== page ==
‘Slow the clock’: Inflammation discovery paves way for anti-aging treatments

CHARLOTTESVILLE, Va. — Researchers have uncovered a significant factor behind chronic inflammation, known to speed up the aging process. This breakthrough could potentially pave the way for us to “slow the clock,” ensuring longer, healthier lives, and offering solutions to prevent conditions like heart diseases and brain disorders linked with aging.

The culprit behind this detrimental inflammation lies in incorrect calcium signaling in the mitochondria, the energy-producing structures within cells of certain immune cells. For context, mitochondria are akin to power generators in every cell, and they heavily depend on calcium signaling for their function.

Researchers from the University of Virginia revealed that as we age, the mitochondria in immune cells called macrophages reduce their capacity to absorb and utilize calcium. This reduction is a significant contributor to the chronic inflammation observed in our senior years.

By enhancing the calcium uptake of these mitochondrial macrophages, it may be possible to curb this harmful inflammation. Macrophages, present in all our organs, including the brain, are prime targets. Thus, employing specific drugs to target these “tissue-resident macrophages” might be a potential strategy to deter age-related neurodegenerative diseases.

“I think we have made a key conceptual breakthrough in understanding the molecular underpinnings of age-associated inflammation,” says Dr. Bimal N. Desai, of UVA’s Department of Pharmacology and UVA’s Carter Immunology Center, in a university release. “This discovery illuminates new therapeutic strategies to interdict the inflammatory cascades that lie at the heart of many cardiometabolic and neurodegenerative diseases.”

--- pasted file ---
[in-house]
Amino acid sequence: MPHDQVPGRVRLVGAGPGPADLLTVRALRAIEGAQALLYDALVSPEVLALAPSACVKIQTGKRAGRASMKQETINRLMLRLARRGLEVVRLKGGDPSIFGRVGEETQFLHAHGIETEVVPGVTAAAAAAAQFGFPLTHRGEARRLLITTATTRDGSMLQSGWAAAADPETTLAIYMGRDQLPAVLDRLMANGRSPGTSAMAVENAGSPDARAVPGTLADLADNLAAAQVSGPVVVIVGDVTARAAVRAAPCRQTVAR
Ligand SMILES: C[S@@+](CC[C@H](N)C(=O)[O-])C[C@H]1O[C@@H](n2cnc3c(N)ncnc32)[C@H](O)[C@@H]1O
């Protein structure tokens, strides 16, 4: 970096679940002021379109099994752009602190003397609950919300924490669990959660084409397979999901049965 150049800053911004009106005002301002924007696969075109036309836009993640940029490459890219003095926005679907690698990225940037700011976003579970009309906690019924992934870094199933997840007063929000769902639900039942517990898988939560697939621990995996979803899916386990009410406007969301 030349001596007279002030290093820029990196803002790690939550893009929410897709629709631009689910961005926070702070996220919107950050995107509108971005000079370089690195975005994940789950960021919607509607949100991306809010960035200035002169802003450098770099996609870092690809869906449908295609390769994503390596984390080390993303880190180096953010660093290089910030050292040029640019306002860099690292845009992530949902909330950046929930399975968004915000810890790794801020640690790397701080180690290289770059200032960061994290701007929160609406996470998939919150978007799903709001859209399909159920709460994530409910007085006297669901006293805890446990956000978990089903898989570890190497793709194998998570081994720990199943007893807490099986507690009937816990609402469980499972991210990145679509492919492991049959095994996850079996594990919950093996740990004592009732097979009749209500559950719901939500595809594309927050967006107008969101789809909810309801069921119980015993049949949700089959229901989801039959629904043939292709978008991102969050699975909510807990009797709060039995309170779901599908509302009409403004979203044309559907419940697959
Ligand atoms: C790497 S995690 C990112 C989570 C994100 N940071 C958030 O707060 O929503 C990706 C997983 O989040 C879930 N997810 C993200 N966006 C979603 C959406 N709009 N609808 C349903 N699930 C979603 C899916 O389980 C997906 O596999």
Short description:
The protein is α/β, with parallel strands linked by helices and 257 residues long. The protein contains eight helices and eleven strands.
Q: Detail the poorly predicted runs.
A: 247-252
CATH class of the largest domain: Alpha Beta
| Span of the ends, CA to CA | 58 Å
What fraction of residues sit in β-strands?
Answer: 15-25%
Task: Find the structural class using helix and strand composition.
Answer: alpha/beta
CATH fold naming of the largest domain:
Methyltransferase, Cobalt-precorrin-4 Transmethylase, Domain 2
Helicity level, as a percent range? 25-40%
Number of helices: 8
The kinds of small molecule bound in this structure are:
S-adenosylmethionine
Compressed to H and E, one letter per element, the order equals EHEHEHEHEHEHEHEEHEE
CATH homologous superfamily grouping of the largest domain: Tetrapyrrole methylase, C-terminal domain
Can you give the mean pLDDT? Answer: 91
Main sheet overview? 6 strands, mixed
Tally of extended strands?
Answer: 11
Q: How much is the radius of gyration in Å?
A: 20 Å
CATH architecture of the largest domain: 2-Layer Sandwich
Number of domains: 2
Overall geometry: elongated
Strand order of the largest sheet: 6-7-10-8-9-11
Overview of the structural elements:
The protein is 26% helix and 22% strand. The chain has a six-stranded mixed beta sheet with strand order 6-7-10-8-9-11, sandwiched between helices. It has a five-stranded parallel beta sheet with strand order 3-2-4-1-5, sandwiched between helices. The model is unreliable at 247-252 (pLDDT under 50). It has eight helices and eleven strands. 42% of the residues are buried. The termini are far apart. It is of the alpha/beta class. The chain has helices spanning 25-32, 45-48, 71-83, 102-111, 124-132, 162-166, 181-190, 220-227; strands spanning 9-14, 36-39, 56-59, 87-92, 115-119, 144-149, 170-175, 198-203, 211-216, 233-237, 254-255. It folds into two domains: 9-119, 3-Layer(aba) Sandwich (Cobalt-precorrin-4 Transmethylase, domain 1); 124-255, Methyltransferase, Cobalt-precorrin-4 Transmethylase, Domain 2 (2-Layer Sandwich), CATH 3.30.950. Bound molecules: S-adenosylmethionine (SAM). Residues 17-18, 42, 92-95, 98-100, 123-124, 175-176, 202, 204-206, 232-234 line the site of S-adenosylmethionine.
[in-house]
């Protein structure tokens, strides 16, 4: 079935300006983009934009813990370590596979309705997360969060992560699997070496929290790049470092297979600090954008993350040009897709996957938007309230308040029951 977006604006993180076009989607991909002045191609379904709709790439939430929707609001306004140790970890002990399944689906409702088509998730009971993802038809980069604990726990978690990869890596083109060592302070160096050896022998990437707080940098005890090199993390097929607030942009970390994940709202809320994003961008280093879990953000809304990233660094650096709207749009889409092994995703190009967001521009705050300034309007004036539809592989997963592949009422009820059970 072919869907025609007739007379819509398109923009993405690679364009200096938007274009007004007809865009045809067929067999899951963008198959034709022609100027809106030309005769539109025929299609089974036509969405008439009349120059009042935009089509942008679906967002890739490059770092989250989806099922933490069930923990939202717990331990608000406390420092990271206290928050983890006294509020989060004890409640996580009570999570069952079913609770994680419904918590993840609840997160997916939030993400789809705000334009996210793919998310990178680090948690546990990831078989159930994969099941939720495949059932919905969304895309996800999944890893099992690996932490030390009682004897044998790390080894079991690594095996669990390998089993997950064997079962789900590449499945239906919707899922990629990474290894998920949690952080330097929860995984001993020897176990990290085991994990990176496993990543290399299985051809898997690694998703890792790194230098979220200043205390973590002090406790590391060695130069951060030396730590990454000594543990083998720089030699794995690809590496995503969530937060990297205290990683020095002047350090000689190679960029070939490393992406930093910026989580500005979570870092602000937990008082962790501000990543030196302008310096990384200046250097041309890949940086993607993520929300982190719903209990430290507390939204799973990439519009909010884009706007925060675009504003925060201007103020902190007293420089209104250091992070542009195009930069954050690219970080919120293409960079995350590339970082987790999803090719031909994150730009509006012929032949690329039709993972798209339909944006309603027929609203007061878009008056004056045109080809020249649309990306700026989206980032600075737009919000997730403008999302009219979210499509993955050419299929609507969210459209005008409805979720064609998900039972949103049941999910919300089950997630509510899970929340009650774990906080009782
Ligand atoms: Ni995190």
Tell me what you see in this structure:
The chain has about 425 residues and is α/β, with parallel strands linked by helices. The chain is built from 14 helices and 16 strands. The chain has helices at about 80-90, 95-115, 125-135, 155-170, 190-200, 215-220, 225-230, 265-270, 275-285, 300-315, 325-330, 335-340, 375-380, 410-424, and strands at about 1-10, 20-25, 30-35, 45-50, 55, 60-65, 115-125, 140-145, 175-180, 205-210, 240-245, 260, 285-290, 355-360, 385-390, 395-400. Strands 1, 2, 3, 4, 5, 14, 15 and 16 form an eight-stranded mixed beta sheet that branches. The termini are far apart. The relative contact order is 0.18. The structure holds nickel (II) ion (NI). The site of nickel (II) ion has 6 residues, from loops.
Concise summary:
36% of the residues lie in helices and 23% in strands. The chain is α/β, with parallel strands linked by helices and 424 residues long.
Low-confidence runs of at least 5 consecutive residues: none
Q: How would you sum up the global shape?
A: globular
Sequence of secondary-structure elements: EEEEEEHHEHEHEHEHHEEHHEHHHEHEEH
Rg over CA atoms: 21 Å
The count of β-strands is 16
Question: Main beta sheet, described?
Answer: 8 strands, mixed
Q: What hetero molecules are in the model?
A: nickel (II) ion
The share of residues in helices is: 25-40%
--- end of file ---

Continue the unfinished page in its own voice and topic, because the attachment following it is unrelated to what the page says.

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Macrophages are essentially white blood cells that play a pivotal role in our immune systems. They help in removing cellular debris by consuming dead or dying cells and also act as immune sentinels, guarding against pathogens and other external threats. Although scientists have recognized that macrophages’ efficiency declines with age, the reason remained elusive until Dr. Desai’s recent findings.

The team at UVA Health believes they’ve pinpointed a central mechanism causing age-related shifts in macrophages. These alterations render macrophages susceptible to constant, mild inflammation. When these immune cells encounter threats or tissue harm, they can overreact, leading to “inflammaging” – the chronic inflammation associated with aging.

The mechanism identified might apply not only to macrophages but to other similar immune cells produced in the bone marrow. This indicates the potential of enhancing the performance of these cells, giving our immune systems a valuable boost during old age when vulnerability to diseases increases.

However, addressing “inflammaging” isn’t as straightforward as merely consuming calcium supplements. The core issue is the macrophages’ diminished capacity to utilize calcium effectively. These findings have identified the exact molecular mechanism at play, opening the door for potential solutions to stimulate aging cells.

The next phase requires a comprehensive effort to comprehend and potentially manipulate this mitochondrial process in different macrophage types for tangible health benefits.

The study was published in the journal Nature Aging.

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